Classical: World series of classics overflow the Bowl

Under its Finnish conductor, Esa-Pekka Salonen, LA's local orchestra is trying to take its music to the masses.
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The Independent Culture
Los Angeles, traditionally a bed of celluloid dreams, has a local philharmonic orchestra with an enviable artistic pedigree. Otto Klemperer conducted it, so did Andre Previn and Carlo Maria Giulini. And now the gifted 40-year-old Finn Esa-Pekka Salonen traces a seamless line through a wide range of repertoire, from Bruckner and Strauss to his own LA Variations, which he conducts at the Proms on Monday night.

"It's a 20-minute orchestral piece written specifically for my players," he told me in his Spartan Hollywood Bowl dressing room. "I tried to compose something that was more musically challenging than just a show-case; but I admit that I am very interested in instrumental virtuosity, and I enjoy the energy that 105 talented people create when they court danger in performance."

Fresh as Nordic air but with a laser-like intelligence, Salonen charts the precise position that the Philharmonic has secured in LA's cultural life. "Being the artistic director of a symphony orchestra in a place like Southern California is a bit like being part of a contra-culture," he confesses. "If I was active in, say, Boston or Munich, I would definitely be part of the cultural mainstream. Here, `mainstream culture' is very clearly the entertainment industry, and it is for that reason that we have a lot of support from the people. We represent the `other' LA. It's the kind of image that local people like to give to the rest of the world - in other words, more intellectually ambitious than the movie theatres."

A relentless publicity campaign has made Salonen something of a local celebrity. "People stop me in the street;" he admits, with more pragmatism than pride, "and even people who do not consume classical music in any form thank me for what I am doing for the city. They feel that this is a constructive process. Music doesn't cannibalise anything the way the entertainment business does, and classical repertoire has the potential to heal, to unite." Salonen enjoys what he calls the "flexibility of thought" in Los Angeles, the lack of prejudice and the "welcoming" quality of the people who live there. "A Finn in this culture is something rather odd," he ponders, "and it took me many years to get used to certain aspects of it. The wordiness, for example. Finns usually don't say much unless it's something important, but here you have to communicate all the time just in order to exist. But I've got used to it now; in fact, I really enjoy it."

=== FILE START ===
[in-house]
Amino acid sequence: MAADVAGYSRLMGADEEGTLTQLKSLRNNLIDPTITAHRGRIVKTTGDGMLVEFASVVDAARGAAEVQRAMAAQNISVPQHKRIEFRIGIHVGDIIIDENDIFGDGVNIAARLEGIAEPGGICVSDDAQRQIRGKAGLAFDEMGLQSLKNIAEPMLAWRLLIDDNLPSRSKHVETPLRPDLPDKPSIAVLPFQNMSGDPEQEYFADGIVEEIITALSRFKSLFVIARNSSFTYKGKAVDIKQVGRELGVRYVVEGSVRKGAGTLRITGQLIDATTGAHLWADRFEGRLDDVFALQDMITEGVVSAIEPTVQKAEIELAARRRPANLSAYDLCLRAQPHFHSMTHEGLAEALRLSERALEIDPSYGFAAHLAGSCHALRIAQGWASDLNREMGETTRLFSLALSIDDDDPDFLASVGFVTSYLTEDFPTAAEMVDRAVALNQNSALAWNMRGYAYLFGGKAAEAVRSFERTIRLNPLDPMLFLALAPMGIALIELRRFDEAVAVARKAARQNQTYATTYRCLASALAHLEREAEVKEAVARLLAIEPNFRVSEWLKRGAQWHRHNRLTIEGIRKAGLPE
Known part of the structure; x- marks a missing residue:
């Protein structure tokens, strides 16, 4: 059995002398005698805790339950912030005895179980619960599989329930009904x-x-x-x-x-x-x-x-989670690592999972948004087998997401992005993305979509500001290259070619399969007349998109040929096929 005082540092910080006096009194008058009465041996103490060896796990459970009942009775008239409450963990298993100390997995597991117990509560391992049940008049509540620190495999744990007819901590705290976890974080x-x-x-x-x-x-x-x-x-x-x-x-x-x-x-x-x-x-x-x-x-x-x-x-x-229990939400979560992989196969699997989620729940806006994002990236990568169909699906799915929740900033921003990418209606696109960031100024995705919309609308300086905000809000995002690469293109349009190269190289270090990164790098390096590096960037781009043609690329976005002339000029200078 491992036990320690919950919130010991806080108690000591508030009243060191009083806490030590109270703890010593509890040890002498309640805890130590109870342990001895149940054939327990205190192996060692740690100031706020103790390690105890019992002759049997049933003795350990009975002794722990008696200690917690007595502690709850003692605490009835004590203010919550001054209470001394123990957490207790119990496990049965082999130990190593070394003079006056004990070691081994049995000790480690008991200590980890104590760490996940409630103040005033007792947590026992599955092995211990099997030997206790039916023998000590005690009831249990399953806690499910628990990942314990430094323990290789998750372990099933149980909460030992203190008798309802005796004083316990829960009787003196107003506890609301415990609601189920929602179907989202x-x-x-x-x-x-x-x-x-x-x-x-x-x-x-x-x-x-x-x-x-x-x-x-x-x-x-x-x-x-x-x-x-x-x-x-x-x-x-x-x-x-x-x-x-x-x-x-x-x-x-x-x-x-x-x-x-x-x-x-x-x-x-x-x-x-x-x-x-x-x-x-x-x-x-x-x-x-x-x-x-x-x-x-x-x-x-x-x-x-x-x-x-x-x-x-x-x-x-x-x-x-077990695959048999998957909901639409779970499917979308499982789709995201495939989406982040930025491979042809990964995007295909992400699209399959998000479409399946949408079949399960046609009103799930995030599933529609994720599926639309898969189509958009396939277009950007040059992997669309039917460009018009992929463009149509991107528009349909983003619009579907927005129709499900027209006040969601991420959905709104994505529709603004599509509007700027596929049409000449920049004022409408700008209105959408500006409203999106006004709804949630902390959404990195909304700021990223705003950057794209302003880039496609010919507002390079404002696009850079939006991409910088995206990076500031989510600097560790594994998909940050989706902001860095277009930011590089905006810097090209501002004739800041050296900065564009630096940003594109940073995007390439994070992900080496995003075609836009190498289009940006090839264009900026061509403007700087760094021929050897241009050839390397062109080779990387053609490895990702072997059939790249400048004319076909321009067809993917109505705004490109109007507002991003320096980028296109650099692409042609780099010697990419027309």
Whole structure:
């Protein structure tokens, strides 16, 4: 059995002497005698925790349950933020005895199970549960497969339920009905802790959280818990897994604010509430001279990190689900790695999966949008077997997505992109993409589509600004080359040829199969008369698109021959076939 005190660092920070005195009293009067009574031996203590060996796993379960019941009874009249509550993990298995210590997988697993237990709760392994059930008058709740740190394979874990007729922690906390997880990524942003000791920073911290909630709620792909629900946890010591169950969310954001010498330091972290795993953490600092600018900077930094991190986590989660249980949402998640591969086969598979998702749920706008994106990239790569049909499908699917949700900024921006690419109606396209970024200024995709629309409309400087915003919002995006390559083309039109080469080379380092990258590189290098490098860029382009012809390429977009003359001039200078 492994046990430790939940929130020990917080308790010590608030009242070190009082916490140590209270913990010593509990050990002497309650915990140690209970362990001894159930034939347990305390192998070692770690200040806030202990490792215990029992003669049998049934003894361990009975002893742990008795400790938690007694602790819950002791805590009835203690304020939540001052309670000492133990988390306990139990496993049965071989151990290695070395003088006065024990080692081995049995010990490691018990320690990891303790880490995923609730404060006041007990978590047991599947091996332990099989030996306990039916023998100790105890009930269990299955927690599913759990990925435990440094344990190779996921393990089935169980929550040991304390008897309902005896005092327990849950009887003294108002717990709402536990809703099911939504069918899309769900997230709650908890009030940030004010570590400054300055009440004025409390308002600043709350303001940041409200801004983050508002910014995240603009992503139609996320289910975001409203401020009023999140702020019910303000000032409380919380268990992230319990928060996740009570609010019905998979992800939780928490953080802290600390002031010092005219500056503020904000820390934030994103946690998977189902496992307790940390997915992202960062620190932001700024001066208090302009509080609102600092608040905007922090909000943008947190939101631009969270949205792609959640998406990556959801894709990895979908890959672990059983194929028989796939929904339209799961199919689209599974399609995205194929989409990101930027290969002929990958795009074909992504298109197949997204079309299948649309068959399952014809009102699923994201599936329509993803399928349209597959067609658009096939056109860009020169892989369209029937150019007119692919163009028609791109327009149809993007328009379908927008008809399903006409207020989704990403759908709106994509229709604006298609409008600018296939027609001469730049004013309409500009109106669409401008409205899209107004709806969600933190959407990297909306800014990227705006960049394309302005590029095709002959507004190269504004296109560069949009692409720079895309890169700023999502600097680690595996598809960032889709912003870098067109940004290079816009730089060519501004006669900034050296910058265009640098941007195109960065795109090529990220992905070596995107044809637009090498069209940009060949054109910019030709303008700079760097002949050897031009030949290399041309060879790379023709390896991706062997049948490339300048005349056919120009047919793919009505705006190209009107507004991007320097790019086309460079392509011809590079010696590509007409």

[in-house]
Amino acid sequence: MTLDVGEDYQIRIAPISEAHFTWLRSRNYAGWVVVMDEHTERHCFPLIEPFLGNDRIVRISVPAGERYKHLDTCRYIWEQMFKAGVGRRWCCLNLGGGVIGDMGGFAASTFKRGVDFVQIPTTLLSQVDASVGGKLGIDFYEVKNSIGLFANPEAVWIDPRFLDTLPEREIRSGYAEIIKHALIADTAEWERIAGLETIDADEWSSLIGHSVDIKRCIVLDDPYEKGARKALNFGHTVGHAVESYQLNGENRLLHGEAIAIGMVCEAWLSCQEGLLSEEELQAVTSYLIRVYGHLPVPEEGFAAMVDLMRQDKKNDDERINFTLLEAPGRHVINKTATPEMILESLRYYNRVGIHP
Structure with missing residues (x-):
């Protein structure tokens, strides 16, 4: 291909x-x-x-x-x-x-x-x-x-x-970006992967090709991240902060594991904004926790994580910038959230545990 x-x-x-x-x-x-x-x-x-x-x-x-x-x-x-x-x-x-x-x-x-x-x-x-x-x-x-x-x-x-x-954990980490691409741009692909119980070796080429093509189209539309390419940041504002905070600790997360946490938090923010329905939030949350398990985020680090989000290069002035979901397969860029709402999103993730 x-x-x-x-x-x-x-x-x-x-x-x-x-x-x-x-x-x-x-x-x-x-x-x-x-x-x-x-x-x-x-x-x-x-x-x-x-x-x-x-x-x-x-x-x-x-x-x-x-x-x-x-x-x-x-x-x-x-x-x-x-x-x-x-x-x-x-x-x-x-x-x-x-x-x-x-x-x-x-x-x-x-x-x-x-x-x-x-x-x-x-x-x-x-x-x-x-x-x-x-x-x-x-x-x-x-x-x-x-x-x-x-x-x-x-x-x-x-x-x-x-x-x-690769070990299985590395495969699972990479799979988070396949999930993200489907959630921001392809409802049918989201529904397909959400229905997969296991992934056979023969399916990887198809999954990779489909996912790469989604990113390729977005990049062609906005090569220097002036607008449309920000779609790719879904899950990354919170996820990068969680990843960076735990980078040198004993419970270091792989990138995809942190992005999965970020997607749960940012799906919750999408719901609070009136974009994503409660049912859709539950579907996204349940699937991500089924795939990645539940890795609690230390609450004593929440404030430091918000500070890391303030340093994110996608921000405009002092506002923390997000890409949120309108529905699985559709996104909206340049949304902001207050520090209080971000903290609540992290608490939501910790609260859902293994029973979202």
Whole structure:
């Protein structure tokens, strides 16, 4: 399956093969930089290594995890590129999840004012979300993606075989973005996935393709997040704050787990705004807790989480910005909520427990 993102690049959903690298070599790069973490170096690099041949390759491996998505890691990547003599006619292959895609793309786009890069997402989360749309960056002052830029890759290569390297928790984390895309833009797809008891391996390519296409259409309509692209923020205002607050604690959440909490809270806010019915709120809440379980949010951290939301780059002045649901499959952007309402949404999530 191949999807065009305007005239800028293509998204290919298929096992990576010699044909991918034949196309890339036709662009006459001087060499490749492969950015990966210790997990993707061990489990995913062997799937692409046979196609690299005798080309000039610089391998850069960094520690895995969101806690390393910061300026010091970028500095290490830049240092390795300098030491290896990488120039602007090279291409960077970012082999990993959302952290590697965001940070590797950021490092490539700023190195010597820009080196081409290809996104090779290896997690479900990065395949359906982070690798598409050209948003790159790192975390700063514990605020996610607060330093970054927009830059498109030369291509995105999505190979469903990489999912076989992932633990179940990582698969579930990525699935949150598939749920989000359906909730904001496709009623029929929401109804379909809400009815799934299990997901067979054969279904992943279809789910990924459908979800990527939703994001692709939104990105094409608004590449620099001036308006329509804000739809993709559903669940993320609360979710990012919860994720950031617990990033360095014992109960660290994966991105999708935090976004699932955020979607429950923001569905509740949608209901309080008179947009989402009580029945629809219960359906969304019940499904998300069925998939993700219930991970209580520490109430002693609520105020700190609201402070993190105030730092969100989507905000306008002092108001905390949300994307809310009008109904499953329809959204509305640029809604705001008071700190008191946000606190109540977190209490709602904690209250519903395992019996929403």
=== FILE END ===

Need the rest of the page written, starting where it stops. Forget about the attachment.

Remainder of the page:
Salonen sees no basic conflict "between the music and the people. The problem is always about access and opportunity. And sometimes, things happen that are very moving. Last spring, we held a concert in San Pedro, a fairly depressed harbour town between here and Long Beach. The townspeople had cleared the entire city and renovated an old theatre just for our visit and, after the concert, held a fiesta where everybody was invited. I was completely overwhelmed by their response to what we played. It seemed so important for them - not only as a concert, but as a symbol: they were suddenly elevated to the ranks of `real cities'. It's incredible how certain things work in every culture here. Beethoven always gets across somehow. I mean, his feel for freedom, the battle and victory of the constructive over the destructive. There's a basic dialectic in Beet-hoven's music that transmits itself to people who don't necessarily have any previous experience of serious music."